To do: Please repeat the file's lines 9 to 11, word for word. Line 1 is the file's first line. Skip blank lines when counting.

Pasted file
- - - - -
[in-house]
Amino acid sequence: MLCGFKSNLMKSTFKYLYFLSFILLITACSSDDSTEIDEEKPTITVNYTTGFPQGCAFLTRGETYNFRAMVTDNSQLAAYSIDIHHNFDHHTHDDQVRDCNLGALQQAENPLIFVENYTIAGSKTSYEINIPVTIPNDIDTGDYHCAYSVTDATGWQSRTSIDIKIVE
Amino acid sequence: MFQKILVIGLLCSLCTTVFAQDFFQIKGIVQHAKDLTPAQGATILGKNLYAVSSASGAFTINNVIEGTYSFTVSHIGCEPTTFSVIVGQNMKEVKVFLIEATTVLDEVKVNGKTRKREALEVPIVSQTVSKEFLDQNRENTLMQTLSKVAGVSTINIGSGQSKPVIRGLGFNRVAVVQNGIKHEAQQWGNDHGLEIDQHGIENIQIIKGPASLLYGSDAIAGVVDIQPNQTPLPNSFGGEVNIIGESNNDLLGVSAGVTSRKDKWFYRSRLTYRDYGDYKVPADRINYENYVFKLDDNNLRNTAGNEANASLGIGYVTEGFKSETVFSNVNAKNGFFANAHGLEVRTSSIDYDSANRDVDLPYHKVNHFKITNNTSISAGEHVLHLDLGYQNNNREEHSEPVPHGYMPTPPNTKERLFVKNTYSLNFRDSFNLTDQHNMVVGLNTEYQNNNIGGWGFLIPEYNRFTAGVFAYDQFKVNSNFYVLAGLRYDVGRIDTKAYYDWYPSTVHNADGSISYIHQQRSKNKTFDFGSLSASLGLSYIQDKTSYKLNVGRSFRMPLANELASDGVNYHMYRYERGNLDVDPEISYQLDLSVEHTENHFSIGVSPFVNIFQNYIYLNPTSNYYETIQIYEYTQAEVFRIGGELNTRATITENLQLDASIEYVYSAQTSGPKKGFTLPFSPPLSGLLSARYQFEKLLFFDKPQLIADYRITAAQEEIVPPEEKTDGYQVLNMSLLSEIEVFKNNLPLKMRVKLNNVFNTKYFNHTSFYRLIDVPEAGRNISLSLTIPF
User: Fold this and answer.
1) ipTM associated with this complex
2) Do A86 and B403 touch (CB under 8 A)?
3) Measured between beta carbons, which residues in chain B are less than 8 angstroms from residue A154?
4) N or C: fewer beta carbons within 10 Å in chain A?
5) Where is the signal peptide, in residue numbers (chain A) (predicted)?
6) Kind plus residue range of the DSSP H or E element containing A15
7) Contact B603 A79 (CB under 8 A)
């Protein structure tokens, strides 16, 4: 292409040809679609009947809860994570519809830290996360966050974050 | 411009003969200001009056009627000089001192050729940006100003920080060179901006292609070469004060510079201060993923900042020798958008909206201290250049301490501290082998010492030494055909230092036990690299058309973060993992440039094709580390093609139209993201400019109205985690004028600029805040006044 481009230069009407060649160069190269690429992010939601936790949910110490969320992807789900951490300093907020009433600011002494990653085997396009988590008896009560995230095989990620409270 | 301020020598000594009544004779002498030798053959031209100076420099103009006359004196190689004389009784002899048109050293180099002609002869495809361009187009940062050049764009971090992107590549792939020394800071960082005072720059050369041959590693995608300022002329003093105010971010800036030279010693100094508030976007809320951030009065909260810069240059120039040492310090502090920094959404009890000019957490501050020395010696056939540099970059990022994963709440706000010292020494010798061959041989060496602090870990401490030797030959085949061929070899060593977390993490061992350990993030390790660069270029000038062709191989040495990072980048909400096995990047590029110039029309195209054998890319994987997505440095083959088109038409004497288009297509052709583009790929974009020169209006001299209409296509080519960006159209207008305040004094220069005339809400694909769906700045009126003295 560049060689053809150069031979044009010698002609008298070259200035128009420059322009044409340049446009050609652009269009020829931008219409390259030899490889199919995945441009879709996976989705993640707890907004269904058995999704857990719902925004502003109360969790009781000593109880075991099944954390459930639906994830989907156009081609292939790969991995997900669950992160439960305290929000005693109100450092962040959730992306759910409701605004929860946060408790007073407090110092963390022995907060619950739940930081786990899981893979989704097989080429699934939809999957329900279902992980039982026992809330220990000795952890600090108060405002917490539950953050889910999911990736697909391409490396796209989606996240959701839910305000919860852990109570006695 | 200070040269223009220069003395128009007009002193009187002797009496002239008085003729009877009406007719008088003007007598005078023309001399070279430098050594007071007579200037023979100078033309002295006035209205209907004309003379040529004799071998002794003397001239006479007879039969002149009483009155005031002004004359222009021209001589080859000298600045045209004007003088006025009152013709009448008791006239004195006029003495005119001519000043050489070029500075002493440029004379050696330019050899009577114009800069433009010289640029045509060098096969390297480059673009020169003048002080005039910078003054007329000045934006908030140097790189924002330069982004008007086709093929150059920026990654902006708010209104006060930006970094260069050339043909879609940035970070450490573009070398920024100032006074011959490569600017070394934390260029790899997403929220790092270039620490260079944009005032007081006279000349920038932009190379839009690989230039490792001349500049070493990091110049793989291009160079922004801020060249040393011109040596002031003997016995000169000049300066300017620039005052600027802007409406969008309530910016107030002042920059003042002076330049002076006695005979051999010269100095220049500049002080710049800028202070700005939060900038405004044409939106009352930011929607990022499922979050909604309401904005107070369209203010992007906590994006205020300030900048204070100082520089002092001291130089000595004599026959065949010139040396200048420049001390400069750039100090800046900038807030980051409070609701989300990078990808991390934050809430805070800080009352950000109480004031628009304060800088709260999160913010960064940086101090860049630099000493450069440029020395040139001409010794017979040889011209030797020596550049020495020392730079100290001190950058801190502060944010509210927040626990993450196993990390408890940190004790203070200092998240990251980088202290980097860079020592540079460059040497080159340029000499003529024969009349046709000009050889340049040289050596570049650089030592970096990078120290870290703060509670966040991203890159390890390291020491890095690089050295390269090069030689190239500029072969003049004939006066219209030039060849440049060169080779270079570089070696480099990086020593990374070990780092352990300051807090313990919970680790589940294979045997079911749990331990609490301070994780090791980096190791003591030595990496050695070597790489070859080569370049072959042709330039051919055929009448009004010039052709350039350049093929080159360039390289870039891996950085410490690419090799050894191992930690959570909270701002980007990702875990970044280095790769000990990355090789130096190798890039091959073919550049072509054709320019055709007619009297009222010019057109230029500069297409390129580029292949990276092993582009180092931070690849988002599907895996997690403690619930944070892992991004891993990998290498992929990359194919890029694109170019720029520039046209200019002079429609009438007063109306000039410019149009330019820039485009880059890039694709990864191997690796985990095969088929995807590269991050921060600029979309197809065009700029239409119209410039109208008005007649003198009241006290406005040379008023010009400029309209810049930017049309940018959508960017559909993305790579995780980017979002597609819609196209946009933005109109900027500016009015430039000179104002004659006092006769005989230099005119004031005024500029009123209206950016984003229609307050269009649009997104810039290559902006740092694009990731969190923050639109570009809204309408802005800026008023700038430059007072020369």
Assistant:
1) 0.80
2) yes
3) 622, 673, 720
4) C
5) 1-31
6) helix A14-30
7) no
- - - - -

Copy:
5) Where is the signal peptide, in residue numbers (chain A) (predicted)?
6) Kind plus residue range of the DSSP H or E element containing A15
7) Contact B603 A79 (CB under 8 A)